The forerunner of Town and Parish Councils were called parish vestries which, although not established by an Act of Parliament, by the latter end of the 17th century had become the local government of England. Local worthies, such as the Squire, the parson and the schoolmaster, worked for the goodwill of the village and land around it.
The family to have had extensive influence on Amport were the Paulets, ennobled by Edward VI as Marquess of Winchester in 1551 although a Marquess did not live at Amport until 1794. Amport House was until 1918 the last fragment of the Paulet estate. Despite family name changes, descent through the female line and being sold to others between 1306 and 1649, it had been much in the same family’s hands since William the Conqueror gave it and many other estates in Hampshire to Hugh de Port, one of his most trusted lieutenants. The Saxon name of the Pillhill Brook that runs through Amport was then the ‘Anne’ and has given its name via Anne de Port to Amport and also to Abbots Ann and Anna Valley.
By various marriages the name of Hugh de Port’s descendants finally became Paulet in the 15th century and steadily grew in importance until, at the time of Henry VIII, Sir William Paulet was Controller of the King’s Household and received extensive grants of monastic land in Hampshire. His main seat was Basing House which, with much rebuilding, he turned into the “greatest of any subject’s house in England, yea, larger than most the King’s palaces’.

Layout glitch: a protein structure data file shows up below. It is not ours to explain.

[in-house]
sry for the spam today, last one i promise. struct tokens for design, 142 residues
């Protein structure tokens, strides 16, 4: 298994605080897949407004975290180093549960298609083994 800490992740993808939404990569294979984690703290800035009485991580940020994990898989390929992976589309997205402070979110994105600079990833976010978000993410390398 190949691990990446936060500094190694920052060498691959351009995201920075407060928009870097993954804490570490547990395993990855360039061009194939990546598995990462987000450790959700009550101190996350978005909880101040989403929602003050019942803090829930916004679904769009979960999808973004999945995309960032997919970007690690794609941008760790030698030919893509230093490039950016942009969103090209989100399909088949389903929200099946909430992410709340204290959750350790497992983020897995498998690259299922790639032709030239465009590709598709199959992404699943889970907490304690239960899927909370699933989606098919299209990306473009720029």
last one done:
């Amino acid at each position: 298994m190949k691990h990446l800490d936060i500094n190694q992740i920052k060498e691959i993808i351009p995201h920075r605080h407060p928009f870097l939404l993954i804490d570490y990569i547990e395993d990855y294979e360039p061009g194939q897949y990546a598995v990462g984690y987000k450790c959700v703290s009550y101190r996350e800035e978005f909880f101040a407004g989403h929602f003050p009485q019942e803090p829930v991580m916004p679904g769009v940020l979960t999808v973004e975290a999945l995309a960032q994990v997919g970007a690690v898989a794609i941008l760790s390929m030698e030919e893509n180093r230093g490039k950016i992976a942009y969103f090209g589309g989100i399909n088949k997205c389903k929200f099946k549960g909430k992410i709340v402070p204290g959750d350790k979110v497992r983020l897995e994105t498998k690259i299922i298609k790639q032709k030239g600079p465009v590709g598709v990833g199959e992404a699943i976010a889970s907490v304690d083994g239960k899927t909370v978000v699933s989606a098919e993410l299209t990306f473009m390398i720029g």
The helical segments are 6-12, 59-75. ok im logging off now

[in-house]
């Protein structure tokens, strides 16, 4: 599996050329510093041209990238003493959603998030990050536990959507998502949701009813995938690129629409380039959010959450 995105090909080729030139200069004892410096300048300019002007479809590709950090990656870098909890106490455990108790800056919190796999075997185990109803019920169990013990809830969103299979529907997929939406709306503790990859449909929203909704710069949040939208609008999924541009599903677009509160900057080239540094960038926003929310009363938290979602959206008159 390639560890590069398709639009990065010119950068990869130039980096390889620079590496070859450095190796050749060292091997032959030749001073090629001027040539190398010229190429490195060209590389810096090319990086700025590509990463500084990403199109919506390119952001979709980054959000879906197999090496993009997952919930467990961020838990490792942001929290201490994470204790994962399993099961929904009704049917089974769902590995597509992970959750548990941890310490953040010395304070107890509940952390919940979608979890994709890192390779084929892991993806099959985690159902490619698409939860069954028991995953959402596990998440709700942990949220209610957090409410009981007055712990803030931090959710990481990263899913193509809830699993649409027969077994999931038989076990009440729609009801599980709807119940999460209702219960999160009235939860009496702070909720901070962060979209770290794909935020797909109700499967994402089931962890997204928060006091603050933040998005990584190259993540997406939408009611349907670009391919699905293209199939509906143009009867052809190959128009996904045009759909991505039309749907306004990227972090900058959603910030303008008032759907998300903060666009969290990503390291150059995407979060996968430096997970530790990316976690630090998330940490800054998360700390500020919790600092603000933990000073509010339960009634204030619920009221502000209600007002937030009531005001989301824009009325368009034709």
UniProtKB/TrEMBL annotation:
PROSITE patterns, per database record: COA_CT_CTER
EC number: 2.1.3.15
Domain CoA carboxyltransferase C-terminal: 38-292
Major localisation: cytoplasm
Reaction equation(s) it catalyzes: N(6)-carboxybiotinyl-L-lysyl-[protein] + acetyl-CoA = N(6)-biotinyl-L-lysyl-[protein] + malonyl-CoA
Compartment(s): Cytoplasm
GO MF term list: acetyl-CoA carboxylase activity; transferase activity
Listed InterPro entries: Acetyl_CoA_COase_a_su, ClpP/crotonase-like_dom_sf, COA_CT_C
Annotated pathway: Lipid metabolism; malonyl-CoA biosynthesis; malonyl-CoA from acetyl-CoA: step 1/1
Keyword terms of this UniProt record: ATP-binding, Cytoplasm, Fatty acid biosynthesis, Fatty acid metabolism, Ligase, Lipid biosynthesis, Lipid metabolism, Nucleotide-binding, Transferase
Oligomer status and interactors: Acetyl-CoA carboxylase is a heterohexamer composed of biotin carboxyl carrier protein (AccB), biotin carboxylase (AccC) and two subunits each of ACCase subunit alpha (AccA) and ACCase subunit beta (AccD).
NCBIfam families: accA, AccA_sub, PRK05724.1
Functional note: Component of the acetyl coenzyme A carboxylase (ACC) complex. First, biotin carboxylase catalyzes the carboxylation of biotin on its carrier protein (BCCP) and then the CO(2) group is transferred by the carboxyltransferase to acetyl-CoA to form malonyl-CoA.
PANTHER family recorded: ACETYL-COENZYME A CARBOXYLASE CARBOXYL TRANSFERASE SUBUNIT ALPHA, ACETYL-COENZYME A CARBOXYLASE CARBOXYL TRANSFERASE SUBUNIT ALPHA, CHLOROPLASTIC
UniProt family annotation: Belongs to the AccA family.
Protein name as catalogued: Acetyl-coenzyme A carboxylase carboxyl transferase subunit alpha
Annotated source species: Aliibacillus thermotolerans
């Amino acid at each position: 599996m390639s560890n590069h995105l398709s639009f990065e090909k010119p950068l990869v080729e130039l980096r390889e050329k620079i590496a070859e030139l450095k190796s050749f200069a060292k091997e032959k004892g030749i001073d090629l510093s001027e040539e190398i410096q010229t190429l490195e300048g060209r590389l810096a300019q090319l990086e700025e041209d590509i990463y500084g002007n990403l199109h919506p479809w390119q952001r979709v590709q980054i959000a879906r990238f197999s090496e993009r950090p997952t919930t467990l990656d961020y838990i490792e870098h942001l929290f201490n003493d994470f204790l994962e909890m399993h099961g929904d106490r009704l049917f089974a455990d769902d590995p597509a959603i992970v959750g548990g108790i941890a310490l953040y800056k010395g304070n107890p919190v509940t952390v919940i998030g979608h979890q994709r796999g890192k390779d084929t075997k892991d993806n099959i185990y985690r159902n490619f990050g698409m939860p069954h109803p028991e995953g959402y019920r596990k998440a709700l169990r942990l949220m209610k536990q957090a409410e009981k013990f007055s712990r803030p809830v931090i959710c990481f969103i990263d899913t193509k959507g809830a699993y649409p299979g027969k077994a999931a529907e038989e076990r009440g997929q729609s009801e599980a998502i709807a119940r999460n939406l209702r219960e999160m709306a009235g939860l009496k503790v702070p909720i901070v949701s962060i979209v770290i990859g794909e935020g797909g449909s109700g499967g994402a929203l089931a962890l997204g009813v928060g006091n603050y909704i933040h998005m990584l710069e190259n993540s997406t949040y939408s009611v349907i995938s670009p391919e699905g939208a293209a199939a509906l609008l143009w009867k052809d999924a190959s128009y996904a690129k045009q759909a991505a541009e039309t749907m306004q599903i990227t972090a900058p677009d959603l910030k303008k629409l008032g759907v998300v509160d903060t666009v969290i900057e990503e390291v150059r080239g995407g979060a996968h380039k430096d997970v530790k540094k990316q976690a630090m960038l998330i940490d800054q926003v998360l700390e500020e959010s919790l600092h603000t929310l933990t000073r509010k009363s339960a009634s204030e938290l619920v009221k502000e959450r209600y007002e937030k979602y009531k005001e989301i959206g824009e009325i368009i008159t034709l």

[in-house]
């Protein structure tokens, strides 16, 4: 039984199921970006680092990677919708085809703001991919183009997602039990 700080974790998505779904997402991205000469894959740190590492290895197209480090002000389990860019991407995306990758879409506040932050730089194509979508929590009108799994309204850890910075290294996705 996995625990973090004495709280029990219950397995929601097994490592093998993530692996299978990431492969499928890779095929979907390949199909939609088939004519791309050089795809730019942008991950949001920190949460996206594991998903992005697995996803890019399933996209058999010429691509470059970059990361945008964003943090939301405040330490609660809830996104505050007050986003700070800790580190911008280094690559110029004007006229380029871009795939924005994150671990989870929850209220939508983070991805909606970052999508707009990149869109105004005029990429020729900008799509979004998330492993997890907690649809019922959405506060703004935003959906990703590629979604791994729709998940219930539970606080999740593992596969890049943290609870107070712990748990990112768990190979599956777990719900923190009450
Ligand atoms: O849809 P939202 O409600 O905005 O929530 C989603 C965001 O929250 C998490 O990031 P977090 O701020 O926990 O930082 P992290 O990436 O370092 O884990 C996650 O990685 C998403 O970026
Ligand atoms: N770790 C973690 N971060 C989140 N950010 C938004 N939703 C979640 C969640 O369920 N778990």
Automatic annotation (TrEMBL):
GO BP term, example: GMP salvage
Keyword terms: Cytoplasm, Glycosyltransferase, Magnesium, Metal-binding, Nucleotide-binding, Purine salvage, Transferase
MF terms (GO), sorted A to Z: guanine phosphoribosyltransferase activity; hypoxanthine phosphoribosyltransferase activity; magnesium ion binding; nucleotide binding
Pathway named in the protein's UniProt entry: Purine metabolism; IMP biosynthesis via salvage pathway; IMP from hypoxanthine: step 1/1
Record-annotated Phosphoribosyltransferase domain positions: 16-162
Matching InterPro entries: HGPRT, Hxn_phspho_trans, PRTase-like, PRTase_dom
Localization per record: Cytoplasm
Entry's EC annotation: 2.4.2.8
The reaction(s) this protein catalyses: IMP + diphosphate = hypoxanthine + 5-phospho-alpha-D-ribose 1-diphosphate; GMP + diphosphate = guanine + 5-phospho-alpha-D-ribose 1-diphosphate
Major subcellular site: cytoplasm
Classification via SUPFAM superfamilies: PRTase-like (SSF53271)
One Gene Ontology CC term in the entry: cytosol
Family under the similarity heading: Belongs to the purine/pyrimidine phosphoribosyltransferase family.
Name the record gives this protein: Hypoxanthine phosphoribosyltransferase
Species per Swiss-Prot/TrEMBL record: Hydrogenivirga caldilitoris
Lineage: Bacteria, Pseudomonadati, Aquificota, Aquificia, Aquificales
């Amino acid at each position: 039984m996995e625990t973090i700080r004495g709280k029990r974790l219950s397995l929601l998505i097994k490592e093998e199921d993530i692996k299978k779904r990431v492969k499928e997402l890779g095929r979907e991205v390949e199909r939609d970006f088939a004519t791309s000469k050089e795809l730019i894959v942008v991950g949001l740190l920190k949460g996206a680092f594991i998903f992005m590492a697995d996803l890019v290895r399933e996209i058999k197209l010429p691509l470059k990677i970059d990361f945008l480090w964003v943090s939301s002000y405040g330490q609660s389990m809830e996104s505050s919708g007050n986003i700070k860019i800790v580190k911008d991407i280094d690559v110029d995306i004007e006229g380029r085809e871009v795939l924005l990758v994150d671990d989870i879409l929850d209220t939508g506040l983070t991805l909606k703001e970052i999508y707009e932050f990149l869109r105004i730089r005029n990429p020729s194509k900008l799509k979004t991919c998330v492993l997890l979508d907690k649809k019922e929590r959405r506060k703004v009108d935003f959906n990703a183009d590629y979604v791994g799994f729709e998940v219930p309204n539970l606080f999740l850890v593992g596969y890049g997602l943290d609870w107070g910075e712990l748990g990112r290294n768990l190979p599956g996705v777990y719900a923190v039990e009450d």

In the Civil War the 5th Marquess was a Royalist and defended Basing House until Cromwell captured and demolished it; its owner had to flee to France. At the Restoration he got his estates back but not, however, the money he had paid in fines.
Since the time of Hugh de Port there had been many owners and tenants of Amport House and many legal battles about the ownership. The owner at the time of the civil war, one Richard Goldman, was a staunch Royalist supporter. It is possible that for this he was ‘compounded for delinquency’ at the start of the Commonwealth in 1649 and given a fine of £150 that represented about a sixth of his assets. He sold Amport House at this time to Lord Henry Paulet, the brother of 5th Marquess of Winchester. Thus the blood line of Hugh de Port regained the ‘Lord of the Manor’ of Amport.